June 24 (Bloomberg) -- Chicago aldermen gave zoning approval today for Wal-Mart Stores Inc. to build a second store in the city, praising a union agreement with the retailer to guarantee raises within a year. Moments after the vote, a Wal-Mart spokesman said there was no such deal.
Wages are at the center of efforts by the world’s largest retailer to expand in Chicago, where the unemployment rate is more than 10 percent. Wal-Mart has only one store within the city’s limits, and organized labor is challenging plans to add dozens more unless workers are paid more.
The Chicago City Council’s zoning committee voted to rezone property on the far south side where Wal-Mart is seeking to build a store that would sell food as well as general merchandise. The retailer said this week that it would build several dozen stores in Chicago during the next five years if it could obtain approval.
Labor and political leaders said Wal-Mart promised to pay at least $8.75 an hour to workers and minimum raises of 40 cents within a year. The minimum wage in Illinois as of July 1 will be $8.25 an hour.
This is the “first time that the largest retailer in the world had seen fit to offer 50 cents more than minimum wage as starting pay,” said Alderman Ed Burke, waving a printout of an e-mail from Maggie Sans, vice president of public affairs for the Bentonville, Arkansas-based retailer, during a meeting of the city council’s zoning committee.
The United Food and Commercial Workers International Union trumpeted what it called “the Chicago agreement,” writing in a statement that it “signifies a new era in which Walmart recognizes the importance of setting minimum working standards and putting those standards in writing.”
Yet Steven Restivo, a Wal-Mart spokesman, later said there was no such agreement and that the e-mail from Sans simply clarified the company’s existing policies on raises.
“There are no deals,” Restivo said. “All raises are based on performance.”
The council’s 50 aldermen face re-election in February, risking the wrath of either labor unions or out-of-work voters over Wal-Mart’s plans.
“They’re saying, ‘We want to enter the urban marketplace with rural wages,’” said Jorge Ramirez, secretary treasurer of the Chicago Federation of Labor.
The Bentonville, Arkansas-based retailer eventually wants to open several dozen Chicago stores that will “eradicate the food deserts” of neighborhoods without grocery stores while creating 12,000 jobs, said Hank Mullany, executive vice president and president of Wal-Mart’s northern U.S. division, at a news conference earlier this week.
The city’s unemployment rate was 10.5 percent in May, compared with the 9.7 percent national average, according to preliminary figures from the U.S. Bureau of Labor Statistics. The jobless rate in Illinois was 10.8 percent.
Mayor Richard M. Daley has used such numbers to argue in favor of Wal-Mart’s plans, which he reviewed with company executives earlier this month at the U.S. Conference of Mayors annual meeting.
“He met with Wal-Mart officials in Oklahoma City to discuss the proposal and to ensure that it included better benefits for Chicago’s communities including higher wages,” Bill McCaffrey, a spokesman for the mayor, wrote in an e-mail.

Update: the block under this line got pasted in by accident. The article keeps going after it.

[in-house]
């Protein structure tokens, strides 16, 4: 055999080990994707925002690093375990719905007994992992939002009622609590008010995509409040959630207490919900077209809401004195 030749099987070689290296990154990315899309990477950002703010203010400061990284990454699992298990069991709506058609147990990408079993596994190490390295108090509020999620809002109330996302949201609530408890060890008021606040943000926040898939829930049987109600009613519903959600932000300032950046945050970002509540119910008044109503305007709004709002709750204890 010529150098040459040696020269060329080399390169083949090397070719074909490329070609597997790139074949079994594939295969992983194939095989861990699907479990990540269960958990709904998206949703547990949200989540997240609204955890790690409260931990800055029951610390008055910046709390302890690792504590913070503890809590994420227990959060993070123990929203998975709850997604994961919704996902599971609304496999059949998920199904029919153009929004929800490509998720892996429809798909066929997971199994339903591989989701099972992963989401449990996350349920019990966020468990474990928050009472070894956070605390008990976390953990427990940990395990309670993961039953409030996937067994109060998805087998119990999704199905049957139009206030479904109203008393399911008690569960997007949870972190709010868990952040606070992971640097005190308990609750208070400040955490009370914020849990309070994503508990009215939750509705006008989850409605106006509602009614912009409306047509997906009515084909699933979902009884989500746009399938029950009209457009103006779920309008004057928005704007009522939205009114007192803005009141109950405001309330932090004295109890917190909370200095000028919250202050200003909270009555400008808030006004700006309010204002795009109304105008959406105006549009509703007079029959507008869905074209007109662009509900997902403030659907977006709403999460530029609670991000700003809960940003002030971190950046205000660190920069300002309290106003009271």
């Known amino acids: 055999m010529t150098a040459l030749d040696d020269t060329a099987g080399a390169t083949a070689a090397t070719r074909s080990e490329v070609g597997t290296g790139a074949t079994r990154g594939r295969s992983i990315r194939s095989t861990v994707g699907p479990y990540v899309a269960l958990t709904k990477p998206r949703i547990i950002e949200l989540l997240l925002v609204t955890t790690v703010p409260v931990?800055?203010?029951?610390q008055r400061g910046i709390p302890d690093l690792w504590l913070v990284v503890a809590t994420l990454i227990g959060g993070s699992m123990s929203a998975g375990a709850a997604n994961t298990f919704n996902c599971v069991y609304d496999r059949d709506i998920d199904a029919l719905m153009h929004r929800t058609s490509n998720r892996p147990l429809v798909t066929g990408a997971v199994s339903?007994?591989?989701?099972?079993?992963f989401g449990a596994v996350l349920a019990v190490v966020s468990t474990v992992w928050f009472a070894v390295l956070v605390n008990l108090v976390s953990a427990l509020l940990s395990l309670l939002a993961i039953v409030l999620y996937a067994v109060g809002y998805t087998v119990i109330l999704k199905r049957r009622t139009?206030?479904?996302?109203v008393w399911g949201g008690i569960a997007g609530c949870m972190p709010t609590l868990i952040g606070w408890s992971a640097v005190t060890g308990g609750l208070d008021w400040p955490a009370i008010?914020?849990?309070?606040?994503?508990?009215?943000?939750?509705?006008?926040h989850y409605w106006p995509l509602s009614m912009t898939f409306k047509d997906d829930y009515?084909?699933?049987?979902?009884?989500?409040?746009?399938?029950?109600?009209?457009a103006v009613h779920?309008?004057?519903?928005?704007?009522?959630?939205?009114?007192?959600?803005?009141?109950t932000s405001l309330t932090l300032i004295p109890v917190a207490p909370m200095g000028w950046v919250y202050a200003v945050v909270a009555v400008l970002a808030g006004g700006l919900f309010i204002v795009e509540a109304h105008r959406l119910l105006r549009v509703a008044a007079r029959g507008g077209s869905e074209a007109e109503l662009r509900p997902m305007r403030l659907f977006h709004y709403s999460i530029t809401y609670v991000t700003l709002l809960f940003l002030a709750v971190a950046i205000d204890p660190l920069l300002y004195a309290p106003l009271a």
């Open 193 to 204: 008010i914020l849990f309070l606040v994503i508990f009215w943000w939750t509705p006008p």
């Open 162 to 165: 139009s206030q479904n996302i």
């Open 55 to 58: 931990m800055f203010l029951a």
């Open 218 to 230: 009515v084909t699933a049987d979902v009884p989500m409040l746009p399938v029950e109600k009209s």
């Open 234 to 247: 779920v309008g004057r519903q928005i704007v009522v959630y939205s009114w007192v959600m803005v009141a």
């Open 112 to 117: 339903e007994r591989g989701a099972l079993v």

Daley, 68, has yet to announce whether he will run next year for a seventh term.
Vote Next Week
The full city council is scheduled to vote next week on a development plan for the far south side that would include a Wal-Mart store.
If Wal-Mart prevails, its experience may serve as a blueprint for expansion into other cities, said Leon Nicholas, a director at consulting firm Kantar Retail in Cambridge, Massachusetts.
“Chicago could very well be a model for how Wal-Mart expands into urban areas -- a multiformat, localized approach that leverages Wal-Mart’s growing community-relations skills to capture urban market share,” Nicholas said in a telephone interview. “Chicago opens up the opportunity for small-store urban expansion that they’ve been talking about for a while.”
The Chicago stores are part of a broader strategy that Chief Executive Officer Mike Duke has outlined during the past year to fuel growth in the U.S., where sales at stores open at least a year have declined for four consecutive quarters.
Since Duke took the helm in February 2009, Wal-Mart shares have increased about 7 percent, compared with a 30 percent gain for the Standard & Poor’s 500 Index.
“We definitely see an opportunity for us to enter other large cities in the U.S.,” Mullany said in a telephone interview. “And we think the way to do that is with smaller stores and different formats.”
The proposed Wal-Mart in the city’s Pullman neighborhood wouldn’t have much competition within walking distance. Jewel-Osco and Save-A-Lot are about 2.5 miles away.
Chicago’s lone Wal-Mart pays employees an average of $11.77 per hour, Mullany said at the news conference. The average full-time wage for Wal-Mart employees in the U.S. is $11.75, according to the retailer’s website.
The wages “are as good, if not better than, the businesses we compete with,” Restivo said.
The city council four years ago passed an ordinance for a so-called living wage of $13 an hour including benefits. Daley vetoed the measure, saying it would dissuade businesses from locating in the city.
Even those who came to City Hall this morning pushing Wal-Mart to offer a living wage couldn’t agree on what that might be.
“It’s expensive to live here in Chicago and $8.75 is not going to do it,” said Michelle Young, president of Action Now, a Chicago community organization focused on working families.
Labor leaders have asked Wal-Mart for beginning workers to be paid $9.25 an hour. Young and other activists said that’s not enough.
“Ten dollars would be a good start,” she said.
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